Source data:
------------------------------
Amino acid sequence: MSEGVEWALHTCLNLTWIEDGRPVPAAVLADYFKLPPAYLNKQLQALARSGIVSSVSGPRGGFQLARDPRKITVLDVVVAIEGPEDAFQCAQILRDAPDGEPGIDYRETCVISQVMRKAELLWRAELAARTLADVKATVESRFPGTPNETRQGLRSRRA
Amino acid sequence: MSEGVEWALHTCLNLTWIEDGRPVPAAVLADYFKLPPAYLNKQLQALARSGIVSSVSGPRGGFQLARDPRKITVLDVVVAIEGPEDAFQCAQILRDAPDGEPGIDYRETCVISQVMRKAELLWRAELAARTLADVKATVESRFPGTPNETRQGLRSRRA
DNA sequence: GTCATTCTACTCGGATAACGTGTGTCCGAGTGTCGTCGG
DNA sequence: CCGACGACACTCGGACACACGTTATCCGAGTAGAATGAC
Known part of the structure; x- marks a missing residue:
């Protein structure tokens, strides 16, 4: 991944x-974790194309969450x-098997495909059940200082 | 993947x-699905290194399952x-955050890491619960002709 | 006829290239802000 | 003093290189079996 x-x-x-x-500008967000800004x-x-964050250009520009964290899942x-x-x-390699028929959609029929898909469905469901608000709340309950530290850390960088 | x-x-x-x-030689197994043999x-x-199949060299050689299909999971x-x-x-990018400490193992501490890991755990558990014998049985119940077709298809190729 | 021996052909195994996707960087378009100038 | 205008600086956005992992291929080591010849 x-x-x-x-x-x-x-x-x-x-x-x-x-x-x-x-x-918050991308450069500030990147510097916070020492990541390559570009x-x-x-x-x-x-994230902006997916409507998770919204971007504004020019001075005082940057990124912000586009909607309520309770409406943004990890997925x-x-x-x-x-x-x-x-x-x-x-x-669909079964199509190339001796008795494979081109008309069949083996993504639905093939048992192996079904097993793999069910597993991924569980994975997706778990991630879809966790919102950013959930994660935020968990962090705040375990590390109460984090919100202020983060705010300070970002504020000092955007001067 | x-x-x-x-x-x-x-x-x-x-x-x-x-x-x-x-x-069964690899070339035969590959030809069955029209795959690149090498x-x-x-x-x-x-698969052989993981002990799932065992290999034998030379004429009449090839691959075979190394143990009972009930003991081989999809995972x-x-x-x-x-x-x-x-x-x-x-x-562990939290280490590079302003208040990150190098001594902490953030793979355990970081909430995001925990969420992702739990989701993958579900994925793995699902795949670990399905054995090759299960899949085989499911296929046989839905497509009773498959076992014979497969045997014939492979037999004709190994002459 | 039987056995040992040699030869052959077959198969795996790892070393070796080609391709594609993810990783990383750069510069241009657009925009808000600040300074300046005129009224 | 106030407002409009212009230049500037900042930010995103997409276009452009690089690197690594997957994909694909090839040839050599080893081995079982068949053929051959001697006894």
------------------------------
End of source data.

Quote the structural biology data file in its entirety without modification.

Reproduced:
Amino acid sequence: MSEGVEWALHTCLNLTWIEDGRPVPAAVLADYFKLPPAYLNKQLQALARSGIVSSVSGPRGGFQLARDPRKITVLDVVVAIEGPEDAFQCAQILRDAPDGEPGIDYRETCVISQVMRKAELLWRAELAARTLADVKATVESRFPGTPNETRQGLRSRRA
Amino acid sequence: MSEGVEWALHTCLNLTWIEDGRPVPAAVLADYFKLPPAYLNKQLQALARSGIVSSVSGPRGGFQLARDPRKITVLDVVVAIEGPEDAFQCAQILRDAPDGEPGIDYRETCVISQVMRKAELLWRAELAARTLADVKATVESRFPGTPNETRQGLRSRRA
DNA sequence: GTCATTCTACTCGGATAACGTGTGTCCGAGTGTCGTCGG
DNA sequence: CCGACGACACTCGGACACACGTTATCCGAGTAGAATGAC
Known part of the structure; x- marks a missing residue:
């Protein structure tokens, strides 16, 4: 991944x-974790194309969450x-098997495909059940200082 | 993947x-699905290194399952x-955050890491619960002709 | 006829290239802000 | 003093290189079996 x-x-x-x-500008967000800004x-x-964050250009520009964290899942x-x-x-390699028929959609029929898909469905469901608000709340309950530290850390960088 | x-x-x-x-030689197994043999x-x-199949060299050689299909999971x-x-x-990018400490193992501490890991755990558990014998049985119940077709298809190729 | 021996052909195994996707960087378009100038 | 205008600086956005992992291929080591010849 x-x-x-x-x-x-x-x-x-x-x-x-x-x-x-x-x-918050991308450069500030990147510097916070020492990541390559570009x-x-x-x-x-x-994230902006997916409507998770919204971007504004020019001075005082940057990124912000586009909607309520309770409406943004990890997925x-x-x-x-x-x-x-x-x-x-x-x-669909079964199509190339001796008795494979081109008309069949083996993504639905093939048992192996079904097993793999069910597993991924569980994975997706778990991630879809966790919102950013959930994660935020968990962090705040375990590390109460984090919100202020983060705010300070970002504020000092955007001067 | x-x-x-x-x-x-x-x-x-x-x-x-x-x-x-x-x-069964690899070339035969590959030809069955029209795959690149090498x-x-x-x-x-x-698969052989993981002990799932065992290999034998030379004429009449090839691959075979190394143990009972009930003991081989999809995972x-x-x-x-x-x-x-x-x-x-x-x-562990939290280490590079302003208040990150190098001594902490953030793979355990970081909430995001925990969420992702739990989701993958579900994925793995699902795949670990399905054995090759299960899949085989499911296929046989839905497509009773498959076992014979497969045997014939492979037999004709190994002459 | 039987056995040992040699030869052959077959198969795996790892070393070796080609391709594609993810990783990383750069510069241009657009925009808000600040300074300046005129009224 | 106030407002409009212009230049500037900042930010995103997409276009452009690089690197690594997957994909694909090839040839050599080893081995079982068949053929051959001697006894």